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JAMA editor is placed on leave after controversial podcast on structural racism

BMJ 2021; 372 doi: https://doi.org/10.1136/bmj.n851 (Published 29 March 2021) Cite this as: BMJ 2021;372:n851
  1. Janice Hopkins Tanne
  1. New York, USA

Howard Bauchner, the editor in chief of the Journal of the American Medical Association (JAMA), was placed on administrative leave last week (25 March) after controversy over a podcast on racism in medicine hosted by deputy editor Ed Livingston.1

The podcast has been withdrawn, Livingston has resigned, and Bauchner posted an apology online.2 He said, “Comments made in the podcast were inaccurate, offensive, hurtful, and inconsistent with the standards of JAMA.” James Madara, head of the American Medical Association, which publishes JAMA, also apologised for the podcast.

Phil Fontanarosa, JAMA’s executive editor, will serve as interim editor, according to Medpage Today, which quoted a statement that has not been posted publicly. The statement by the American Medical Association’s journal oversight committee said it would investigate how the podcast and its promotional tweet were developed, and that it had hired outside investigators from the Zuber Lawler law firm. It said that placing Bauchner on leave “neither implicates nor exonerates him and is standard operating procedure.”3

Bauchner, who has been editor in chief of JAMA since 2011, is a professor of paediatrics and community health sciences and assistant dean at Boston University School of Medicine. He has been on leave to serve as editor of JAMA. He was previously the first US based editor in chief of the Archives of Disease in Childhood, the official publication of the Royal College of Paediatrics and Child Health in the UK, which is published by BMJ. He was elected to the National Academy of Medicine in 2015.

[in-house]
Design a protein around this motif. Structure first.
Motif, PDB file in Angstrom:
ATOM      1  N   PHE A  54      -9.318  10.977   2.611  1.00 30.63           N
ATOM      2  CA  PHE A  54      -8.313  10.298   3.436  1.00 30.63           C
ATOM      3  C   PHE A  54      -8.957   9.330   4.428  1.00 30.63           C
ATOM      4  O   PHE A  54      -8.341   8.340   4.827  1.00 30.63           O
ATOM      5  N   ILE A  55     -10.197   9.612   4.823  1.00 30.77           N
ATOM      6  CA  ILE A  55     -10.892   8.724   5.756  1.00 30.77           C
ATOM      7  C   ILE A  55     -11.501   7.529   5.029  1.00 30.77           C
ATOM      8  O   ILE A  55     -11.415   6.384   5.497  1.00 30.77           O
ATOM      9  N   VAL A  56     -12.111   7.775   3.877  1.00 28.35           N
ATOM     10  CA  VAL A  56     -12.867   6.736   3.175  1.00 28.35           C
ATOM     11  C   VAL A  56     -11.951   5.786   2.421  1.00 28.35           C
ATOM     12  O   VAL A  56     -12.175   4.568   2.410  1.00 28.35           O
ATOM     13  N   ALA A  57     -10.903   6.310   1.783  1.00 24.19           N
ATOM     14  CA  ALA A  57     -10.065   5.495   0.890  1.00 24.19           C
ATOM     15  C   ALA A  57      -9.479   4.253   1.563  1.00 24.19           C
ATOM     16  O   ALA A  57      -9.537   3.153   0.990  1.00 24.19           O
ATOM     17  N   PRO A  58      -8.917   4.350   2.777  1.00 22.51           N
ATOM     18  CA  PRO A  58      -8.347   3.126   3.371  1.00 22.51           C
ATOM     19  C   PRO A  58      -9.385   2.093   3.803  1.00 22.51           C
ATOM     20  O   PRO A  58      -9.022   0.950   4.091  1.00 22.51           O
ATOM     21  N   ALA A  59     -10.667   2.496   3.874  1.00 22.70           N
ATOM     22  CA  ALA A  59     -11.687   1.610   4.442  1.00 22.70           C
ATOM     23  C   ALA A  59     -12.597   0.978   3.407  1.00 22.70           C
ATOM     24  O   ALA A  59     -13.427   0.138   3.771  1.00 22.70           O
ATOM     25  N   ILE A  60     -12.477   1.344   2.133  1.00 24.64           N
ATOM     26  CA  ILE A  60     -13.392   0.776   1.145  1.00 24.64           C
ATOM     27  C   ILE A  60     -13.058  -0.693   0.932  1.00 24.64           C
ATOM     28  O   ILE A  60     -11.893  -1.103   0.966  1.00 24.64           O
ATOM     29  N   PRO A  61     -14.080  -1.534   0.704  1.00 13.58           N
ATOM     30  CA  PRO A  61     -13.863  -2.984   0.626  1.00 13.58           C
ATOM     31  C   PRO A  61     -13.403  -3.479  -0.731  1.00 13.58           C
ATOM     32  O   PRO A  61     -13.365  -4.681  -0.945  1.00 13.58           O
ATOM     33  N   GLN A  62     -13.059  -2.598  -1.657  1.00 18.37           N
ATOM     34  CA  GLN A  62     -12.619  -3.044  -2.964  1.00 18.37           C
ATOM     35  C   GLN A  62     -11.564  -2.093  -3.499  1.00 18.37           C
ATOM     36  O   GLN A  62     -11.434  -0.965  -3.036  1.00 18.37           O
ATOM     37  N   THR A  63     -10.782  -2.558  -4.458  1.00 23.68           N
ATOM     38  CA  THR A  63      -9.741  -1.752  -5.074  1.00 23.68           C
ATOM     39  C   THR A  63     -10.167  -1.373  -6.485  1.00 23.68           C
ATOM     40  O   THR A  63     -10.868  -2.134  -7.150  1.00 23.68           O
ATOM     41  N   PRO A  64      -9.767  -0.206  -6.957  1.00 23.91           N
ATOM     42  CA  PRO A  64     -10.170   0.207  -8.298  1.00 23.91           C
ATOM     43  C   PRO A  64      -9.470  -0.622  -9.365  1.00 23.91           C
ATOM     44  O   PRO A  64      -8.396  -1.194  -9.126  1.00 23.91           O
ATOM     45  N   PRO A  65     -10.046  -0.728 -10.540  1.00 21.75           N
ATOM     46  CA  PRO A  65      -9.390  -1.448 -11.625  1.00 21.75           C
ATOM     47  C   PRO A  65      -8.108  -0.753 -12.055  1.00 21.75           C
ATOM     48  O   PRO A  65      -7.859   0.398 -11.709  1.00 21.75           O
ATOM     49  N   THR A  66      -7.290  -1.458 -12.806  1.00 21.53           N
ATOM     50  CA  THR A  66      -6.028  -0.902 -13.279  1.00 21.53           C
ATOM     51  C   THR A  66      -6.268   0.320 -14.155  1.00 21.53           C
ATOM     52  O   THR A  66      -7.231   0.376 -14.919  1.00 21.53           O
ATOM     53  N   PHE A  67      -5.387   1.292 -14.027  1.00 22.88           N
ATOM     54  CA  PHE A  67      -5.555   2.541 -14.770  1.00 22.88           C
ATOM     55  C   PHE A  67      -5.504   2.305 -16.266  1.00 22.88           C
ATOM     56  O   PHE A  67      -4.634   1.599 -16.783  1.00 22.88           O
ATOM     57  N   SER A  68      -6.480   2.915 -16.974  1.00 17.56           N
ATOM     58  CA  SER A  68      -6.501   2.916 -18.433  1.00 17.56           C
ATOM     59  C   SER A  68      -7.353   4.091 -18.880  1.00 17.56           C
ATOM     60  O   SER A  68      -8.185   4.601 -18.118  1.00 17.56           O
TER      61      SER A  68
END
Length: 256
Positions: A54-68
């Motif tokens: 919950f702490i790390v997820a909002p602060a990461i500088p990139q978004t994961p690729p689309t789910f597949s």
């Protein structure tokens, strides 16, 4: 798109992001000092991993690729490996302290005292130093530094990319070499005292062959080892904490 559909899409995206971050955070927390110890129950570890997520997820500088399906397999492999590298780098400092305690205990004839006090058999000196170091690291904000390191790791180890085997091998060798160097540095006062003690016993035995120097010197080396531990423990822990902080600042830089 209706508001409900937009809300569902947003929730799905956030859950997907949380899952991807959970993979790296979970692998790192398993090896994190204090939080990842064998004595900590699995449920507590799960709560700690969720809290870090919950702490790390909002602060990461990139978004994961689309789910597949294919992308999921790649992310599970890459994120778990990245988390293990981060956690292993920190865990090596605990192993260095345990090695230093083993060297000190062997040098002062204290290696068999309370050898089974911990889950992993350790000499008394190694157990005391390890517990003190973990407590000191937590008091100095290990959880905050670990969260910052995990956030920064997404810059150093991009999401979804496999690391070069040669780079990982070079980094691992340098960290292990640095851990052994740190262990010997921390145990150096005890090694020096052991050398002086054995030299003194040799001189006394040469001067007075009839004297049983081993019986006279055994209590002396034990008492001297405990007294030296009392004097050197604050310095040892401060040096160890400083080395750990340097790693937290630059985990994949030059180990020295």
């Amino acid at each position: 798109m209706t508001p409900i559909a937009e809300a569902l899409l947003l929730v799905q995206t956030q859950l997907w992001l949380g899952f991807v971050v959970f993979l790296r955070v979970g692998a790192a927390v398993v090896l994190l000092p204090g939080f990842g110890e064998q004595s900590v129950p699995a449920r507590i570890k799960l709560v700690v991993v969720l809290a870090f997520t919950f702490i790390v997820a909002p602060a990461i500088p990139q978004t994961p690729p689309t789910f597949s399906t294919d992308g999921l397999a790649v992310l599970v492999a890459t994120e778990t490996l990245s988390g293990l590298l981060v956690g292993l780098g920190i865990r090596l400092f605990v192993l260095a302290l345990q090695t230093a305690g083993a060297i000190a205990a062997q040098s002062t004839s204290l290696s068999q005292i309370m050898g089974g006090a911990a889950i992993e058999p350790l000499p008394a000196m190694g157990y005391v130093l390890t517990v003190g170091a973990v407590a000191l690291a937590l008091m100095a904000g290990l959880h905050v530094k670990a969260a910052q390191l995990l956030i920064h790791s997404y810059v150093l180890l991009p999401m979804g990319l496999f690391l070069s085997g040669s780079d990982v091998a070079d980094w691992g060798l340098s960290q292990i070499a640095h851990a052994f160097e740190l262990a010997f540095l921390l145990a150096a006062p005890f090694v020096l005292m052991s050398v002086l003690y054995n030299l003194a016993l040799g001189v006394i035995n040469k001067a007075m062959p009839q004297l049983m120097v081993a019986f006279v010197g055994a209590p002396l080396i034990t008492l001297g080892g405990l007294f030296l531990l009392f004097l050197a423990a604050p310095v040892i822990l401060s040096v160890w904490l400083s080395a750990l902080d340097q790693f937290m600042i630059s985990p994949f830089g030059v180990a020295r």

The JAMA Network podcast on 24 February was promoted in a tweet as, “No physician is racist, so how can there be structural racism in healthcare? An explanation of the idea by doctors for doctors in this user friendly podcast.” It featured Livingston, then deputy editor of JAMA, in a discussion with Mitchell Katz, president of New York Health and Hospitals and a deputy editor of JAMA Internal Medicine. Livingston said that the problem was socioeconomic status rather than racism. Katz disagreed, saying racism existed and should be eliminated.1

The BMJ asked JAMA Network to view or read a transcript of the podcast but was refused because it had been removed.

A petition on change.org, organised by the Institute for Antiracism in Medicine and signed by over 7000 people, asked for a review of Bauchner’s leadership, a restructuring of JAMA’s editorial staff, and for scheduling town hall meetings with “black, indigenous, and people of colour patients, healthcare staff, and allies.”4

The Institute for Antiracism in Medicine was founded by three black women physicians in Chicago in the wake of the covid-19 pandemic and the 2020 death of George Floyd at the hands of police. The institute says it is a “civil rights organisation dedicated to the abolition of racism in the field of medicine.”

Footnotes

  • Correction: On 30 March 2021 we amended this article to state that Howard Bauchner was previously (not currently) editor in chief of the Archives of Disease in Childhood.

References

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